Sandra Fildes is a woman who knows what she wants. Brilliant, high-achieving, confident Sandra is an expert in her field, the historical study of textiles. When Sandra's husband Jack passes away after a long illness, though, Sandra finds herself at a loss about how to fill her days --- and her life --- on her own.
Martha McKenzie may be Sandra's polar opposite. About the only the thing the two women have in common is the loss of their husbands; Martha's husband passed away shortly after their marriage many years ago, when Martha was just a teenager. Now Martha leads a quiet, unassuming life, cleaning a local church, living in a small flat, and filling her hours by practicing her art. Martha is a knitter, but not just an ordinary "knit a baby blanket for a friend" knitter; Martha is a true artist, with an intuitive eye for color, a daring and inventive sense of design, and the skills of a master.
Through a chance meeting, the two women form an unexpected friendship. Sandra admires Martha's quirky ways and her obvious talents; Martha envies Sandra's wealthy lifestyle and enjoys cracking her tough veneer. The two women find common ground when it comes to knitting. Through shared conversations, the two form a plan to mount an exhibition of historically accurate knitted garments, accompanied by text discussing the importance of women's domestic work through the ages. "It's something to celebrate," says Sandra, "clothes made in love and service, something women have always done."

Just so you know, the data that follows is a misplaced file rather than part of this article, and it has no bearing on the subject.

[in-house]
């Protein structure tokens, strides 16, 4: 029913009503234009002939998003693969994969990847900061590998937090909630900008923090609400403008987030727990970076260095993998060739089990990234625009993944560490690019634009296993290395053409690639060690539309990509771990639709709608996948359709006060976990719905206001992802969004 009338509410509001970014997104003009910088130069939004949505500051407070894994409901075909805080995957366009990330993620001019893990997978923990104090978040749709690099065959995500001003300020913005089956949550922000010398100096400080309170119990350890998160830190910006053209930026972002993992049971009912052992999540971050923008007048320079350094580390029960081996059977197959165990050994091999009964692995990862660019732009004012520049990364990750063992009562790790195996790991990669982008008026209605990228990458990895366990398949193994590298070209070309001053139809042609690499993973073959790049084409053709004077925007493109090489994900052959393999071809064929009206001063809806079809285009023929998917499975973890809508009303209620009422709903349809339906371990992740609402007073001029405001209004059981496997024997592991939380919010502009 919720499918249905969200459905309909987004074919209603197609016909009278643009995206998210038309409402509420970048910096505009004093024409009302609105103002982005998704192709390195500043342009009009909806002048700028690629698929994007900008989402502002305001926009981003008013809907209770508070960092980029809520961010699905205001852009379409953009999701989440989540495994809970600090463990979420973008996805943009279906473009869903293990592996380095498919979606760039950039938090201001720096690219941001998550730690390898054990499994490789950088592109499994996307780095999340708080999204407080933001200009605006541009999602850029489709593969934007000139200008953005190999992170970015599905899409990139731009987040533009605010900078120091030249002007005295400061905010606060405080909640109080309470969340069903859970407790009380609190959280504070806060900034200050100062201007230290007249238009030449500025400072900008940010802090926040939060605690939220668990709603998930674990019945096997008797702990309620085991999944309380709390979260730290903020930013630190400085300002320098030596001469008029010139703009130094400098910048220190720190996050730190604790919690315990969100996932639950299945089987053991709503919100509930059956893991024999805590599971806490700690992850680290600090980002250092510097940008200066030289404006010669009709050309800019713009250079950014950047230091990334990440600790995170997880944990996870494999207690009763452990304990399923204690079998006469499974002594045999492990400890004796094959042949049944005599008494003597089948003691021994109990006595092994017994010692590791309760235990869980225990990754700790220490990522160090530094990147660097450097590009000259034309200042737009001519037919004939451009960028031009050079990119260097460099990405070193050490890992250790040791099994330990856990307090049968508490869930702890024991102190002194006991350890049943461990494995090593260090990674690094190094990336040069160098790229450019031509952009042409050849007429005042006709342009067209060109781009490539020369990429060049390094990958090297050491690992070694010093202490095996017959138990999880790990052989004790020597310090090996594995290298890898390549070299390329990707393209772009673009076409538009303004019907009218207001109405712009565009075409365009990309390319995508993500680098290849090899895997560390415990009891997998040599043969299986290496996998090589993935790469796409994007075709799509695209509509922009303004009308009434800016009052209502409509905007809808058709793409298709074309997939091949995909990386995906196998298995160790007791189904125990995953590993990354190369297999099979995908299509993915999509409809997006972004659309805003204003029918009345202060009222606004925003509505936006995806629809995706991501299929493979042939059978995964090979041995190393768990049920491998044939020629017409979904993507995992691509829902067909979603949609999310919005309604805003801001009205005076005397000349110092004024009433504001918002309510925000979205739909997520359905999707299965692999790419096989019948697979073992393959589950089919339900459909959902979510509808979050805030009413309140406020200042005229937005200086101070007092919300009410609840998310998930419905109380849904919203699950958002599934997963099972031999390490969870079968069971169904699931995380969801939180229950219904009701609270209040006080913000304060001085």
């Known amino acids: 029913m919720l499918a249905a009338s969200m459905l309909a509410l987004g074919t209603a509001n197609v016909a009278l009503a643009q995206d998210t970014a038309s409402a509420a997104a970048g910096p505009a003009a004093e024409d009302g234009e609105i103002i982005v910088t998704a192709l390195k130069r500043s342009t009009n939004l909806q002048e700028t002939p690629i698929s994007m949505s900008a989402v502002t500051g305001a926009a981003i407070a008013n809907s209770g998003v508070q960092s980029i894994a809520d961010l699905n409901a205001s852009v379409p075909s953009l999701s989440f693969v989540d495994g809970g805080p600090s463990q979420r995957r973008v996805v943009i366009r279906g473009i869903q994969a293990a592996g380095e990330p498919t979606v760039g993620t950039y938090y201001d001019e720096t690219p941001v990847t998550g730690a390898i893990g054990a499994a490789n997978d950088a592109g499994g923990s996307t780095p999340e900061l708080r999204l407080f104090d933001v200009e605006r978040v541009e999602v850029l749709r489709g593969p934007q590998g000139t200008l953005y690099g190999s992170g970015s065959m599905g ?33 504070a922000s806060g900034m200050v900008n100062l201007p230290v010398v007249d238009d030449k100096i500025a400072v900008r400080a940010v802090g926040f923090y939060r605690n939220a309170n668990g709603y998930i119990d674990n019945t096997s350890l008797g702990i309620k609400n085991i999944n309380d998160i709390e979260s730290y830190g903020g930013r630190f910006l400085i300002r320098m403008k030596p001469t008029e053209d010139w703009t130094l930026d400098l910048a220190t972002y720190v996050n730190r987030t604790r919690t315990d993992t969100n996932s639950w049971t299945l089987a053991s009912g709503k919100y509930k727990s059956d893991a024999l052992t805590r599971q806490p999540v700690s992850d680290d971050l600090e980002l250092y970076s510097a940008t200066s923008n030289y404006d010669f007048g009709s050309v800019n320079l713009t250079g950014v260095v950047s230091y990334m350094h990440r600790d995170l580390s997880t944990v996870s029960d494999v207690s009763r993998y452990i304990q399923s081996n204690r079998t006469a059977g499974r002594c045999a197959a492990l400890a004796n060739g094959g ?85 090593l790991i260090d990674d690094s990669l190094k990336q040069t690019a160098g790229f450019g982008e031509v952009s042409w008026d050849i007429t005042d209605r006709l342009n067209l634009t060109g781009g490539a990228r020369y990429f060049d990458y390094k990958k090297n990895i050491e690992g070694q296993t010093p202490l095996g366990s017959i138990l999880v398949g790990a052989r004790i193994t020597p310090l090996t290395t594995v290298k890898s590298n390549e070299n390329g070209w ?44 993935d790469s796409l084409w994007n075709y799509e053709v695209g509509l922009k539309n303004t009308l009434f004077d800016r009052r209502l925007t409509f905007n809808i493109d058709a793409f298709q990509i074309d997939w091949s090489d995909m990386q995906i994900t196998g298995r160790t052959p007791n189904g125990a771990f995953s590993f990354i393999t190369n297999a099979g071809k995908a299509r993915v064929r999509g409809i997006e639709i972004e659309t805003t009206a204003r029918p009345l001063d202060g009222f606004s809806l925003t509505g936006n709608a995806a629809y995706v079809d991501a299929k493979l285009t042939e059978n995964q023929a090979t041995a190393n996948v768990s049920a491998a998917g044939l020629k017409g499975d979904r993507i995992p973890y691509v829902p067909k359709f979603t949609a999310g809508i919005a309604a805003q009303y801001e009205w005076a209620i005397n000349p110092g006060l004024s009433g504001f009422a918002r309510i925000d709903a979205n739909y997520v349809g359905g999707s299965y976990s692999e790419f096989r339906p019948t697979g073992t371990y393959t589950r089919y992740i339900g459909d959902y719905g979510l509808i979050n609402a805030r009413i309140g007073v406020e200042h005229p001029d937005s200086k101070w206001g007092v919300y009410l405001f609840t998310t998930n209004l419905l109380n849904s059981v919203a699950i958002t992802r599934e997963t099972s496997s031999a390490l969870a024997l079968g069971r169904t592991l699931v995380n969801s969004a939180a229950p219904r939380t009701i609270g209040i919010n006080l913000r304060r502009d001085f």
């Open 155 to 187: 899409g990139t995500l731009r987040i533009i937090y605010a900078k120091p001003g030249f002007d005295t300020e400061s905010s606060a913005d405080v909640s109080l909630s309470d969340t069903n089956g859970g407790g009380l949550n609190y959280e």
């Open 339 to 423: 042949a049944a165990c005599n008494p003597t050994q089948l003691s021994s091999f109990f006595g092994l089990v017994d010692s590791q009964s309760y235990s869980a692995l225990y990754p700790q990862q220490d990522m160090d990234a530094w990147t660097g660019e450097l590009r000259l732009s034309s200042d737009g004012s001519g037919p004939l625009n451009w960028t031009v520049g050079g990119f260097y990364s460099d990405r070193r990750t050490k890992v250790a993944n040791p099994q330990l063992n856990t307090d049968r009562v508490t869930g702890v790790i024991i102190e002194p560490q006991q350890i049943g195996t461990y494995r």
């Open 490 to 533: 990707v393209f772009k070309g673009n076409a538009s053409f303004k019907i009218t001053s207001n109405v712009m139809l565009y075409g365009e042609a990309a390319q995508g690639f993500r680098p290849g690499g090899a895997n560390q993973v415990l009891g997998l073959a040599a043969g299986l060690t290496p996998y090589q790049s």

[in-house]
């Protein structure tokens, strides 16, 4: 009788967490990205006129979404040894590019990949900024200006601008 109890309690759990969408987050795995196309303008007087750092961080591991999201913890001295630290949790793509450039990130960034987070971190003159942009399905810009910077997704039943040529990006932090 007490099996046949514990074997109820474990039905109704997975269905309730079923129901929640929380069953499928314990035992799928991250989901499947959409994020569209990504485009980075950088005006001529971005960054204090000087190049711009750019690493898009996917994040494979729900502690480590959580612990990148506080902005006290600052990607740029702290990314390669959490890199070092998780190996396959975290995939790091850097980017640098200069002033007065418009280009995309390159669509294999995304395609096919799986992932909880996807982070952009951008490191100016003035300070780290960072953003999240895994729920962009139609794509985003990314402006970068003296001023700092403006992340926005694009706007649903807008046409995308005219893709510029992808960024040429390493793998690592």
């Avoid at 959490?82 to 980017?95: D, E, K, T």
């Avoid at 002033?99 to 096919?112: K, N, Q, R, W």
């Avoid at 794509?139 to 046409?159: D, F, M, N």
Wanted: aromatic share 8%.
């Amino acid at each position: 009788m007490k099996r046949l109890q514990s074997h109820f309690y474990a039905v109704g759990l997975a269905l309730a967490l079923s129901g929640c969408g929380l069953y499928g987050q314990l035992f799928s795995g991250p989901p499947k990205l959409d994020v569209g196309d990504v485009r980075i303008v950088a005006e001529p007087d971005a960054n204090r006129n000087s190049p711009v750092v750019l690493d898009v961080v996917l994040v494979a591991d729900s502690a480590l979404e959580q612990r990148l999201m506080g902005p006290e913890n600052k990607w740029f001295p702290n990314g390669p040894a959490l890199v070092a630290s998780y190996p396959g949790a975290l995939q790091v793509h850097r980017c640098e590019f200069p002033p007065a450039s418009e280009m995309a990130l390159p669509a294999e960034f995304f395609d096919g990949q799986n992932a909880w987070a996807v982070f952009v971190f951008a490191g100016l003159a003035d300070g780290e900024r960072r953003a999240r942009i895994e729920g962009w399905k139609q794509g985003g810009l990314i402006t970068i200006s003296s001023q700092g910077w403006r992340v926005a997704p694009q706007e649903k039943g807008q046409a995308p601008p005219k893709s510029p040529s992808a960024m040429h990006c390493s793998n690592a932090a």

Sandra, a merely competent knitter at best, commissions Martha to do all the knitting for the exhibit. Martha, a perfectionist with a history of mental instability, finds the task almost impossible. When Sandra realizes that her incessant pressure brings Martha to the verge of a nervous breakdown, she must reevaluate her whole approach to relationships, including her idealized relationship with her late husband.
Although the title of Anne Bartlett's debut novel is KNITTING, knitting is merely one theme in this small, quiet novel. The healing power of women's friendship, the sustaining quality of meaningful work, the gradual process of healing after grief --- all are explored against the backdrop of a simple story about two women forming an unlikely friendship. Bartlett, the wife of a Baptist pastor, also interweaves Christian symbolism throughout the book.
Although Sandra is a prickly character who may repel many readers, and although Martha is portrayed as a little too eccentric to be a realistic companion for Sandra, the novel's general premise rings true, and its lovely descriptions of Martha's knitted masterpieces will appeal to knitters and non-knitters alike.
Reviewed by Norah Piehl on November 13, 2011